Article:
This is the most decidedly mediocre Super Bowl in at least seven years.
At least it is in terms of passing offense. Neither of this year's NFL finalists ranked in the top 10 in passing yards during the regular season. It's the first time that has happened since 2006, and it's also an affirmation of Seattle's offensive approach under coach Pete Carroll. Tangible proof that you don't have to drop back and pass, pass, pass your way to a title in today's NFL.
Because for all the talk about the NFL being a quarterback-driven league, Baltimore's Joe Flacco didn't throw for 4,000 yards this year. Neither did San Francisco's Colin Kaepernick. Not even if you projected his statistics out for a full season.
The fact their teams will play Sunday to determine the league's champion is something Seattle coach Pete Carroll can point to as evidence his run-oriented approach is not outdated.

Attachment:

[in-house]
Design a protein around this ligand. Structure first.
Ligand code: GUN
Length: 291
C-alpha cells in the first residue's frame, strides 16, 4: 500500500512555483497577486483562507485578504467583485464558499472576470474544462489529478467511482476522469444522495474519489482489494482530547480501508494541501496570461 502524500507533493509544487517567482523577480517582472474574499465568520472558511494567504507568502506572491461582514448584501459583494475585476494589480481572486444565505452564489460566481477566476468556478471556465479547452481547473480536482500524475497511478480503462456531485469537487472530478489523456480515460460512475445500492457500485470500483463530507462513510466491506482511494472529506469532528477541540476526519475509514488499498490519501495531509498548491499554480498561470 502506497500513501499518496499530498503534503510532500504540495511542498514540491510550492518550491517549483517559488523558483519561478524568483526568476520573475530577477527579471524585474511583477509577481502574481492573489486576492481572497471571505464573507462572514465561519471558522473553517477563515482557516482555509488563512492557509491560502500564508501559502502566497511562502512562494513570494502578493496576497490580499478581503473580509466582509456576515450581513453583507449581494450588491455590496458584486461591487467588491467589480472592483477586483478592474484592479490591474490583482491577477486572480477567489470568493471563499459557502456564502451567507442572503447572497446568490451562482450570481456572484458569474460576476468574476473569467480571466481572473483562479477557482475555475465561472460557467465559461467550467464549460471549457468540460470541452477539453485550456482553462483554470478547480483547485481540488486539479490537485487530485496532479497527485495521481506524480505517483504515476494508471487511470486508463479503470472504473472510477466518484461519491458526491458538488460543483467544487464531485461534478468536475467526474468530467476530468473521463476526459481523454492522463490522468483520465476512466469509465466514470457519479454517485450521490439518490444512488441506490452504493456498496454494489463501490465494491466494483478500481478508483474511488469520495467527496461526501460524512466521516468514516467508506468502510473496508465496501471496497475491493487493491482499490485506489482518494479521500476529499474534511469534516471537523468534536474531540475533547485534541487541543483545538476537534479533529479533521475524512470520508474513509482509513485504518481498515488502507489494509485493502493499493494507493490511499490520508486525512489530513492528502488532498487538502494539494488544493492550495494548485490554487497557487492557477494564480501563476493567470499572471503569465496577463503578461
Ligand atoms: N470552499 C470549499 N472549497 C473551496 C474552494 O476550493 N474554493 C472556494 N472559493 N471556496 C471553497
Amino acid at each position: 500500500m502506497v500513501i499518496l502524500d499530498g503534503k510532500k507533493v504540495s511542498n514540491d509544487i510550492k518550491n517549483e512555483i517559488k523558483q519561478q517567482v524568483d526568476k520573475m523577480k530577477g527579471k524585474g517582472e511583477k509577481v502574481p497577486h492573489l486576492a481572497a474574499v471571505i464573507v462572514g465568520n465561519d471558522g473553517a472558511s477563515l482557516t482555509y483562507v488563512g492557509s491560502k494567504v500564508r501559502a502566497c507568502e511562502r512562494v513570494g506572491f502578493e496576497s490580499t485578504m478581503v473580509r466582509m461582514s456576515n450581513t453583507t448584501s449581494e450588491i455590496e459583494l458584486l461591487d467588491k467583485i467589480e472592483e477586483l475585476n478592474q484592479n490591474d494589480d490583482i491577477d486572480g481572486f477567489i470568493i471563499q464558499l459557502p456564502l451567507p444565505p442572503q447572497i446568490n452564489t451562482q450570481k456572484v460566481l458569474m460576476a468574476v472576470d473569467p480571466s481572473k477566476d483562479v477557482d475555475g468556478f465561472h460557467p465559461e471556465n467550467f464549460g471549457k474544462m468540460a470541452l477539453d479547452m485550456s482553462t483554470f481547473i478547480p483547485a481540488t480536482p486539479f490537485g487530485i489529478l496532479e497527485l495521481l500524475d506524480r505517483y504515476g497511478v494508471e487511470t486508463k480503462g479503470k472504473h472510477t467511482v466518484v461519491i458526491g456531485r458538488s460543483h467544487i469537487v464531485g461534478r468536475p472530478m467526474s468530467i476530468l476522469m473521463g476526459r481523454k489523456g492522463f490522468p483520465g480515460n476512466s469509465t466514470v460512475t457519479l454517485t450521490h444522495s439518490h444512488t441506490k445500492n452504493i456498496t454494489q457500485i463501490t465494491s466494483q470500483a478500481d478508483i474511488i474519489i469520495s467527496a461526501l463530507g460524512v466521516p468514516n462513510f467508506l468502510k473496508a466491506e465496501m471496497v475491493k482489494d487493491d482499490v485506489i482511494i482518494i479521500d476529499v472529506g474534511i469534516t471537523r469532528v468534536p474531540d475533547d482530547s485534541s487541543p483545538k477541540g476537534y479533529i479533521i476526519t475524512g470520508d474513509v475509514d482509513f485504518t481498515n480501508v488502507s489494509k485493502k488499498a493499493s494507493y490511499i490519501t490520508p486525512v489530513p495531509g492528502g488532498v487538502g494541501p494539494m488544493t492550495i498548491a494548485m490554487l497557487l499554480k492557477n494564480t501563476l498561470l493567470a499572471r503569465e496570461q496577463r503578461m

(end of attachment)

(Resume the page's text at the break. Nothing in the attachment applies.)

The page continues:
Carroll has made no secret of his desire to build his offense off the ground game, an M.O. that stands in stark contrast to the league-wide trend to air it out.
Passing for 4,000 yards in a season is no longer the exceptional accomplishment it once was. Ten quarterbacks surpassed that milestone in 2011, 11 did it this season.
Those statistics raised the possibility that Carroll's ground-bound emphasis was outdated, and he would have Seattle taking a .22 caliber approach to offense in what had become a .357 Magnum world.
The Seahawks ranked No. 27 in passing yards this season, and while that ranking reflects Seattle's reluctance to put too much on rookie quarterback Russell Wilson too soon, it's also rooted in Carroll's philosophy to have his offense centered on the ground game.
Seahawks appear on right course
Seattle Times | Jan 28